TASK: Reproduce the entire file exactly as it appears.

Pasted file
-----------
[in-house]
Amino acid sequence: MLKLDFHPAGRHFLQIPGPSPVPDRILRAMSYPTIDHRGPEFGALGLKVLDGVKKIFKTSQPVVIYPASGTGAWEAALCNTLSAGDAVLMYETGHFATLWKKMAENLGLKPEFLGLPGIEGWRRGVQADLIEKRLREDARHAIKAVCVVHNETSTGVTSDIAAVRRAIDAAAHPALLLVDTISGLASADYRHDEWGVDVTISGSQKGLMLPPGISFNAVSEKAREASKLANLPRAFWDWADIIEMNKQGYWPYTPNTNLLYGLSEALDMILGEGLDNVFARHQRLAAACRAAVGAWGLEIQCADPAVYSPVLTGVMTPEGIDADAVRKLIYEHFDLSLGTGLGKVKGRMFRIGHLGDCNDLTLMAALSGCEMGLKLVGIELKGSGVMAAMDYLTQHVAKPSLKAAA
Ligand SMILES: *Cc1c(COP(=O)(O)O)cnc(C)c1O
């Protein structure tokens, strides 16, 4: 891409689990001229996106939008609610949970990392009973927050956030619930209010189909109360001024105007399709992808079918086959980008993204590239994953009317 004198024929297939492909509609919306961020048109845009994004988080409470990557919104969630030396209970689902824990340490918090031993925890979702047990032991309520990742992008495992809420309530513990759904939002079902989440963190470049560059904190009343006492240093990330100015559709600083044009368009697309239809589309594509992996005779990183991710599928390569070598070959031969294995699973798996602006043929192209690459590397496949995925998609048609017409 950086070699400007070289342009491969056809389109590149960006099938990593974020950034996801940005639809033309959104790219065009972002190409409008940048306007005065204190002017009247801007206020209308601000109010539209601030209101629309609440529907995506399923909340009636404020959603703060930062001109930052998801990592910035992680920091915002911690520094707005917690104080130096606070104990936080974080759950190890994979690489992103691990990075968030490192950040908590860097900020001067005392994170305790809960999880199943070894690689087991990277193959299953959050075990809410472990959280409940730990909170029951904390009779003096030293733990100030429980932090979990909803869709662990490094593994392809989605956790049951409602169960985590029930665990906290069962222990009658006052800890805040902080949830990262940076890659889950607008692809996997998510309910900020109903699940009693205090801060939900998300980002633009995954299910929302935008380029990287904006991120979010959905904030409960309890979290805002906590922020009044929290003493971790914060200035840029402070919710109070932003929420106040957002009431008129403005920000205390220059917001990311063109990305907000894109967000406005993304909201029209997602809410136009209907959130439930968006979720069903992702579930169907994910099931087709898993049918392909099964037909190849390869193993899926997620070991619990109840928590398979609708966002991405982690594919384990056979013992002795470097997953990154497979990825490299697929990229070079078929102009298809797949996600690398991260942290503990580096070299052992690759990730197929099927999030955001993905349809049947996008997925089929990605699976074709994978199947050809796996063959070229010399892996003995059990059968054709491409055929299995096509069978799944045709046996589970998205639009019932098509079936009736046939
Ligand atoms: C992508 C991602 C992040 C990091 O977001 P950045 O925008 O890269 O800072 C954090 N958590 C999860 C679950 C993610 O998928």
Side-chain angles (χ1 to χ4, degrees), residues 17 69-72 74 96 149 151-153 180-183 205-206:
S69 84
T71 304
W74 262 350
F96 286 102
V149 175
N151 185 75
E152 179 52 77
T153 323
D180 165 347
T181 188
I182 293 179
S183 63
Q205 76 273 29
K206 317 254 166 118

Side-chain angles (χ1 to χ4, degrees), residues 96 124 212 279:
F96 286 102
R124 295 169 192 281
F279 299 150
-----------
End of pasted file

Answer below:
[in-house]
Amino acid sequence: MLKLDFHPAGRHFLQIPGPSPVPDRILRAMSYPTIDHRGPEFGALGLKVLDGVKKIFKTSQPVVIYPASGTGAWEAALCNTLSAGDAVLMYETGHFATLWKKMAENLGLKPEFLGLPGIEGWRRGVQADLIEKRLREDARHAIKAVCVVHNETSTGVTSDIAAVRRAIDAAAHPALLLVDTISGLASADYRHDEWGVDVTISGSQKGLMLPPGISFNAVSEKAREASKLANLPRAFWDWADIIEMNKQGYWPYTPNTNLLYGLSEALDMILGEGLDNVFARHQRLAAACRAAVGAWGLEIQCADPAVYSPVLTGVMTPEGIDADAVRKLIYEHFDLSLGTGLGKVKGRMFRIGHLGDCNDLTLMAALSGCEMGLKLVGIELKGSGVMAAMDYLTQHVAKPSLKAAA
Ligand SMILES: *Cc1c(COP(=O)(O)O)cnc(C)c1O
């Protein structure tokens, strides 16, 4: 891409689990001229996106939008609610949970990392009973927050956030619930209010189909109360001024105007399709992808079918086959980008993204590239994953009317 004198024929297939492909509609919306961020048109845009994004988080409470990557919104969630030396209970689902824990340490918090031993925890979702047990032991309520990742992008495992809420309530513990759904939002079902989440963190470049560059904190009343006492240093990330100015559709600083044009368009697309239809589309594509992996005779990183991710599928390569070598070959031969294995699973798996602006043929192209690459590397496949995925998609048609017409 950086070699400007070289342009491969056809389109590149960006099938990593974020950034996801940005639809033309959104790219065009972002190409409008940048306007005065204190002017009247801007206020209308601000109010539209601030209101629309609440529907995506399923909340009636404020959603703060930062001109930052998801990592910035992680920091915002911690520094707005917690104080130096606070104990936080974080759950190890994979690489992103691990990075968030490192950040908590860097900020001067005392994170305790809960999880199943070894690689087991990277193959299953959050075990809410472990959280409940730990909170029951904390009779003096030293733990100030429980932090979990909803869709662990490094593994392809989605956790049951409602169960985590029930665990906290069962222990009658006052800890805040902080949830990262940076890659889950607008692809996997998510309910900020109903699940009693205090801060939900998300980002633009995954299910929302935008380029990287904006991120979010959905904030409960309890979290805002906590922020009044929290003493971790914060200035840029402070919710109070932003929420106040957002009431008129403005920000205390220059917001990311063109990305907000894109967000406005993304909201029209997602809410136009209907959130439930968006979720069903992702579930169907994910099931087709898993049918392909099964037909190849390869193993899926997620070991619990109840928590398979609708966002991405982690594919384990056979013992002795470097997953990154497979990825490299697929990229070079078929102009298809797949996600690398991260942290503990580096070299052992690759990730197929099927999030955001993905349809049947996008997925089929990605699976074709994978199947050809796996063959070229010399892996003995059990059968054709491409055929299995096509069978799944045709046996589970998205639009019932098509079936009736046939
Ligand atoms: C992508 C991602 C992040 C990091 O977001 P950045 O925008 O890269 O800072 C954090 N958590 C999860 C679950 C993610 O998928």
Side-chain angles (χ1 to χ4, degrees), residues 17 69-72 74 96 149 151-153 180-183 205-206:
S69 84
T71 304
W74 262 350
F96 286 102
V149 175
N151 185 75
E152 179 52 77
T153 323
D180 165 347
T181 188
I182 293 179
S183 63
Q205 76 273 29
K206 317 254 166 118

Side-chain angles (χ1 to χ4, degrees), residues 96 124 212 279:
F96 286 102
R124 295 169 192 281
F279 299 150